All things considered — where, when, who against, how and, most dramatically, what happened after he hit it — Matt Joyce's home run Wednesday will go down as one of the most interesting, weird and odd in Rays history. And perhaps beyond. "It's probably the oddest," manager Joe Maddon said. "It's even somewhat odder than the (Kirk) Gibson kind of thing because he actually stood on his feet and then limped around the bases. This guy (Joyce) fell down and then limped and hit a three-run homer. So it really ranks high." That said, here are some other unusual blasts from the past the Rays have been a part of to rival Joyce's rise and fall:
A true first: Esteban Yan had pitched in 132 big-league games without batting, so, naturally, when he came to the plate for the first time, June 4, 2000, at New York's Shea Stadium, he swung at the first pitch he saw from Bobby Jones — and knocked it over the leftfield fence.
And another: OF Brandon Guyer also homered in his first plate appearance, May 6, 2011, and against his hometown Orioles. Making it an even better story, his sportscaster wife, Lindsay Murphy, was racing to the game from her Washington, D.C., station but was only pulling into the parking lot when he hit the ball out.
Party time: There have been two massive home runs that crashed the tbt* Party Deck above leftfield, a 478-foot shot by Vinny Castilla (4-4-01, vs. Boston) and a 473-footer by Evan Longoria (4-6-10, vs. Baltimore). In between: a 474-foot shot by Jonny Gomes off the roof of the Batter's Eye restaurant, 7-9-05.
A 3K moment: Wade Boggs went into play Aug. 7, 1999, three hits from the historic 3,000 and, after singling twice, went deep off Cleveland's Chris Haney, a golden seat in Trop section 144 marking where it landed. Boggs was the only player to homer for No. 3,000 until Yankees SS Derek Jeter did it last year — and the Rays saw that, too, from the other side as David Price gave it up.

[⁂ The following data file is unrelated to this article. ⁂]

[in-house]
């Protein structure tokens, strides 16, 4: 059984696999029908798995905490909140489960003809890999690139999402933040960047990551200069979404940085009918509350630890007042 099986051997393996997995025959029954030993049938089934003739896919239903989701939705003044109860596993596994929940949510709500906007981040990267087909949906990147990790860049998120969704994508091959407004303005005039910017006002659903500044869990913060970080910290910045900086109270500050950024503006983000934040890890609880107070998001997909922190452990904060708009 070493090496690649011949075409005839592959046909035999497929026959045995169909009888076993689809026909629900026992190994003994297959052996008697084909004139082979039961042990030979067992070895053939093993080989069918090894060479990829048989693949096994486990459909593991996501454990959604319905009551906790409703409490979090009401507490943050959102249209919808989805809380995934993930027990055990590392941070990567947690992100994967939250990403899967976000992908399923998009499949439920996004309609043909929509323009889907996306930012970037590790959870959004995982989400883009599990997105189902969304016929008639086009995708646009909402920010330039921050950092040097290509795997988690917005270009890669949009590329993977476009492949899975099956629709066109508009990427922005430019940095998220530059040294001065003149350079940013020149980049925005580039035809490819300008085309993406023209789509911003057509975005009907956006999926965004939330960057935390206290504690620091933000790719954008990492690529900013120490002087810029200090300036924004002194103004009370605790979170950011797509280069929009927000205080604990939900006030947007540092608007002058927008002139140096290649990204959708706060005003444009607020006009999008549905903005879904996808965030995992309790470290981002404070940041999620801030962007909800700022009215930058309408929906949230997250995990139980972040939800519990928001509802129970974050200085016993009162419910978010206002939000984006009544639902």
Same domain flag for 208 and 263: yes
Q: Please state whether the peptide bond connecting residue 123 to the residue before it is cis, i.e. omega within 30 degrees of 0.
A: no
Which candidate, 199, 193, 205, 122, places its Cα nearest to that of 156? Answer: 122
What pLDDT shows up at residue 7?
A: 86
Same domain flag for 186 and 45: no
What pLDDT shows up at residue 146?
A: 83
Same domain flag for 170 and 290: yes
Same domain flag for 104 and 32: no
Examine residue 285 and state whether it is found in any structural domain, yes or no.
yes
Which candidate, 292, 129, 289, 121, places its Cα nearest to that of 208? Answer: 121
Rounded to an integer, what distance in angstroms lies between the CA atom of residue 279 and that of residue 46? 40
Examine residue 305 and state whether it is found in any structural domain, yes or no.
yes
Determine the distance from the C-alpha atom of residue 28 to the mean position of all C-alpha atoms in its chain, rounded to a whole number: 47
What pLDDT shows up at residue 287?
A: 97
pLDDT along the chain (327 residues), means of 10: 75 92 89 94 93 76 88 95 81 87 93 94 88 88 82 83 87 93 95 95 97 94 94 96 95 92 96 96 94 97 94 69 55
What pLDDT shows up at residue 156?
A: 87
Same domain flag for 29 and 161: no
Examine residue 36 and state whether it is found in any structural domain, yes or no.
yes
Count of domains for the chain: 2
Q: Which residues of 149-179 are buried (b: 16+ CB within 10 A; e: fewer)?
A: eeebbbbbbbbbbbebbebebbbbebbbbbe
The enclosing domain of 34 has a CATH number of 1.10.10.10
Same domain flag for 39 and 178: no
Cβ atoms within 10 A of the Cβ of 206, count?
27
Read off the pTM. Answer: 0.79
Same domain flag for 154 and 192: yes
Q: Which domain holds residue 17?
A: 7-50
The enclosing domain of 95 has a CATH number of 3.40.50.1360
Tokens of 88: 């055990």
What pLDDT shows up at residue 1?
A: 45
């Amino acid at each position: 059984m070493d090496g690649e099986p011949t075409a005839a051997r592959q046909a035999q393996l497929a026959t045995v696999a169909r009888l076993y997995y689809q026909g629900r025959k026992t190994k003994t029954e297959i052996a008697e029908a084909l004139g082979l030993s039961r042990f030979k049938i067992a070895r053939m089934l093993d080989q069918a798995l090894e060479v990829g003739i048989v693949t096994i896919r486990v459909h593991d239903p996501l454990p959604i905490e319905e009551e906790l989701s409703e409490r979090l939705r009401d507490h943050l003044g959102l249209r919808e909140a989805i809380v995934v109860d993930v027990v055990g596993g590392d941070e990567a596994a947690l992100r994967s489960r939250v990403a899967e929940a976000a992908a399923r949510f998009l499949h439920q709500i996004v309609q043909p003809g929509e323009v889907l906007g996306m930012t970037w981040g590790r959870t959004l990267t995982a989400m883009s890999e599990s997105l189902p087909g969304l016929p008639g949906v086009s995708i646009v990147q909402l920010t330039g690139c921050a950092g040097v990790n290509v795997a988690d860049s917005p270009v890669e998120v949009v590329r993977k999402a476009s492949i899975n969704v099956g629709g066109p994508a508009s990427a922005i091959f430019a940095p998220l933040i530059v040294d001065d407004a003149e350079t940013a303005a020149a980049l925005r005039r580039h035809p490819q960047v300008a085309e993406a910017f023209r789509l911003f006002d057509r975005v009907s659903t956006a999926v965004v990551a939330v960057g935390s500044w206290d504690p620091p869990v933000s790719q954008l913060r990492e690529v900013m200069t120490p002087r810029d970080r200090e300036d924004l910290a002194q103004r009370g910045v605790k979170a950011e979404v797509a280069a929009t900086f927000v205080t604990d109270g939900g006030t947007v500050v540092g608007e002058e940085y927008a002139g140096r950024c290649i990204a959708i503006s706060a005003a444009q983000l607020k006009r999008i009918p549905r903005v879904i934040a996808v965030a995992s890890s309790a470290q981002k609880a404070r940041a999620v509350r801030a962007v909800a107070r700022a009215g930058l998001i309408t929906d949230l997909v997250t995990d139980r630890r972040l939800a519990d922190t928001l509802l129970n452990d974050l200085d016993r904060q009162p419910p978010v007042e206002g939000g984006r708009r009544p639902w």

Pinch me: His flight to Boston delayed after his late 2008 promotion, Dan Johnson was scratched from the starting lineup. Instead, he was sent up to pinch-hit in the ninth against Sox closer Jonathan Papelbon on Sept. 9, and, stunningly, hit a tying homer. (You may have heard, he did something similar in the ninth inning of Game 162 last September.)
And me: 1B Travis Lee joined a very short list on Aug. 14, 2005, in Cleveland when he delivered a ninth-inning pinch-hit homer that gave the Rays a 1-0 win. That was only the third 1-0 game in MLB history decided by a pinch-hit homer. (Bonus: The others were hit by Bill Taylor, 1954 Giants, and Candy Maldonado, 1985 Dodgers).
Something fishy: Tampa's Luis Gonzalez was already in the record books for hitting the first homer at the Trop, for Detroit in the March 31, 1998, inaugural game. But he made a bigger splash June 24, 2007, hitting what is still the only homer to land in the rays tank beyond right-centerfield.
A 'walk' in the park: It was more like a mad dash when INF Rey Sanchez hit a "walkoff" inside-the-park home run in the 10th inning to beat the Rockies 8-7 on June 11, 2004. Plus, it was Sanchez's first homer in two-plus years.
Go to the video: The Rays were on the wrong side for the Sept. 4, 2008, first official use of instant replay, as the umps historically went to the video to confirm their call that Yankees 3B Alex Rodriguez's homer over the Trop's leftfield foul pole was fair. They came out ahead two weeks later in the first-ever instant replay reversal, also at the Trop, as the umps first awarded Carlos Peña a double based on fan interference, then checked the video and changed it to a home run.
Let's do the time warp
Joyce's home-run "trot" was, no surprise, the slowest of the season so far, at 29.38 seconds, according to the odd-but-interesting tatertrottracker.com website. But there were slower, healthier, ones last year:
Slowest trots, 2011-12
Victor Martinez, 29.91, Sept. 7, 2011
David Ortiz, 29.66, June 12, 2011
Matt Joyce, 29.38, May 9, 2012
David Ortiz, 29.35, July 27, 2011
Russell Branyan, 29.15, Aug. 11, 2011
Pat Burrell, 29.03, April 11, 2011
Chipper Jones, 28.97, May 2, 2012
Baseball America's first mock look at the June draft has the Rays using the No. 25 pick on RHP Ty Hensley, a 6-foot-5 right-hander from Edmond, Okla. … There's chatter in the clubhouse that 3B Evan Longoria could be well ahead of schedule in recovering from his torn left hamstring. … There's probably a sound business reason, but it seems odd when the Rays use the radio broadcasts to run ads and promote parties to get fans to instead watch on TV. … First, Yankees hitting coach Kevin Long suggested the Rays got lucky with their defensive shifts working, then their TV guys complained Rays infielders were distracting their hitters by moving just before the pitch. … Now 31, and three seasons removed from the majors, ex-Rays RHP Seth McClung is trying another comeback, working as the No. 5 starter for the Brewers' Triple-A Nashville team, 0-3, 6.00 thus far.
Got a minute? Will Rhymes
Something you're scared of? Snakes.
Late-night snack? Chocolate milk. Like a little kid.
Favorite TV show? Mad Men.
Band you'd want to be on stage with? There's a lot — The National, or Arcade Fire.
Celebrity crush? Scarlett Johansson or Jenny Lewis.